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COVID vaccines: Moderna plans to update vaccines


Moderna hopes to offer updated COVID-19 boosters in the fall that combine its original vaccine with protection against the omicron variant. On Tuesday, he reported a preliminary hint that such an approach might work.

Today’s COVID-19 vaccines are all based on the original version of the coronavirus. But the virus continues to mutate, with the super-contagious omicron variant – and its siblings – the latest threat.

Prior to the arrival of omicron, Moderna was investigating a combo shot that added protection against an earlier variant named beta. On Tuesday, the company said people given the original beta-vaccine combination produced more antibodies capable of fighting off multiple variants — including omicron — than today’s regular booster triggers.

While the antibody boost was modest, Moderna’s goal is to produce a combination injection that specifically targets the omicron. “These results really give us hope” that the next step will work even better, said Dr. Jacqueline Miller, vice president of Moderna.

Tuesday’s data was reported online and has not been verified by independent experts.

COVID-19 vaccines still offer strong protection against serious illness, hospitalization and death, even against omicron. This variant is so different from the original coronavirus that it gets past immune system defenses more easily, although studies in the US and elsewhere show that an original booster dose boosts protection. Some countries offer particularly vulnerable people a second booster; in the United States, it’s anyone 50 or older or those with severely weakened immune systems.

Health officials have made it clear that giving boosters every few months is not the answer to the mutant virus. They began to deliberate on how to decide if and when to change the vaccine recipe.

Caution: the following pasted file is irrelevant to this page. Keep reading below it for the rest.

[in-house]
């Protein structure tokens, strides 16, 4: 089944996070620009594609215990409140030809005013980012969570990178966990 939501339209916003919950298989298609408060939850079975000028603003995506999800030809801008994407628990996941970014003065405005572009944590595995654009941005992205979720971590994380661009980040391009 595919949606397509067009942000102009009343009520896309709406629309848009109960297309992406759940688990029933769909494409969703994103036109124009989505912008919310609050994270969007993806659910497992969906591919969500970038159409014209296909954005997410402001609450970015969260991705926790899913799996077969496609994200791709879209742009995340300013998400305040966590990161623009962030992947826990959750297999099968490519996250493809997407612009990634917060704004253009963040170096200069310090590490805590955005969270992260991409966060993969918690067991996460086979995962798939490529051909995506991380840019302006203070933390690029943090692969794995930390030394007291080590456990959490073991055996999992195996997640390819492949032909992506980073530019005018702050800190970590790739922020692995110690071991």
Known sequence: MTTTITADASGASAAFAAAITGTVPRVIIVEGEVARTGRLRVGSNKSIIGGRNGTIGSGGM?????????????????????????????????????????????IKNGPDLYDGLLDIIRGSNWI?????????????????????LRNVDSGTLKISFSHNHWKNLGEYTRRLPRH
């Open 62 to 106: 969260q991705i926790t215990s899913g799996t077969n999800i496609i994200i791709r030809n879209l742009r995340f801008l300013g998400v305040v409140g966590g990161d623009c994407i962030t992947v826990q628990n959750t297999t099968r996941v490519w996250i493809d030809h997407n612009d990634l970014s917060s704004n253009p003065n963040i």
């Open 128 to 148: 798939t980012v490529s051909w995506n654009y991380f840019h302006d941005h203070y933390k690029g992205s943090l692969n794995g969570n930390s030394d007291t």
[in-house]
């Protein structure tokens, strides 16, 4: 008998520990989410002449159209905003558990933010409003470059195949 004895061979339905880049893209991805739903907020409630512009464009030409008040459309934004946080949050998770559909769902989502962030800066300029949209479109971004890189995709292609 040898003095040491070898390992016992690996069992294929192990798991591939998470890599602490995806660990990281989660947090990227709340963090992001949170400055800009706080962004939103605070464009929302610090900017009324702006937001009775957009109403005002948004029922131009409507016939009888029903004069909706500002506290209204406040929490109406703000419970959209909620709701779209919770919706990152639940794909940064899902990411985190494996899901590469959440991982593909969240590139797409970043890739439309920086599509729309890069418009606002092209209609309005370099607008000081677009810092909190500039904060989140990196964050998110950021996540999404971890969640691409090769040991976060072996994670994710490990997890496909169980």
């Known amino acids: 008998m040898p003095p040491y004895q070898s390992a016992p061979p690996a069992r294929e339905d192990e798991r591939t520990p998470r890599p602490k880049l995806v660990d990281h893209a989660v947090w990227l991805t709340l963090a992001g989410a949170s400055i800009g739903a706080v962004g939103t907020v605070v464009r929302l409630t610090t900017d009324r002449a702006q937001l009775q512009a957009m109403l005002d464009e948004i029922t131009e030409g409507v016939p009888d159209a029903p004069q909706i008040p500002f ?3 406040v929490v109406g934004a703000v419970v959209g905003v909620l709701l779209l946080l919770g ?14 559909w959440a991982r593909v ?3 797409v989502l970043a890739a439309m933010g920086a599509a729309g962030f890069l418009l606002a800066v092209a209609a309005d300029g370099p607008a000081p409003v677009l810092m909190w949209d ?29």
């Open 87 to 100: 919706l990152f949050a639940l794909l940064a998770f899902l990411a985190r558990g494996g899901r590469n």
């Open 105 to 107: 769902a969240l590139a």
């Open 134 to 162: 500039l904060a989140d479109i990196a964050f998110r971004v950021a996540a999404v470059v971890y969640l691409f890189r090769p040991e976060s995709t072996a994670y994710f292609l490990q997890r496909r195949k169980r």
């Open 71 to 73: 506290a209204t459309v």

Simply switching to a vaccine that targets the latest variant is risky, as the virus could mutate again. So Moderna and rival Pfizer are both testing what scientists call “bivalent” vaccines — a mix of each company’s original vaccine and an omicron-targeted version.

Why would Moderna’s earlier combo shot, targeted at the beta, have an effect on omicron? It includes four mutations that the beta variant and the new omicron have in common, Miller said.

Moderna is now testing a bivalent shot that better targets omicron – it includes 32 of that variant’s mutations. Studies of two booster doses are underway in the United States and Great Britain; the results are expected at the end of June.

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The Associated Press Health and Science Department is supported by the Howard Hughes Medical Institute Department of Science Education. The AP is solely responsible for all content.




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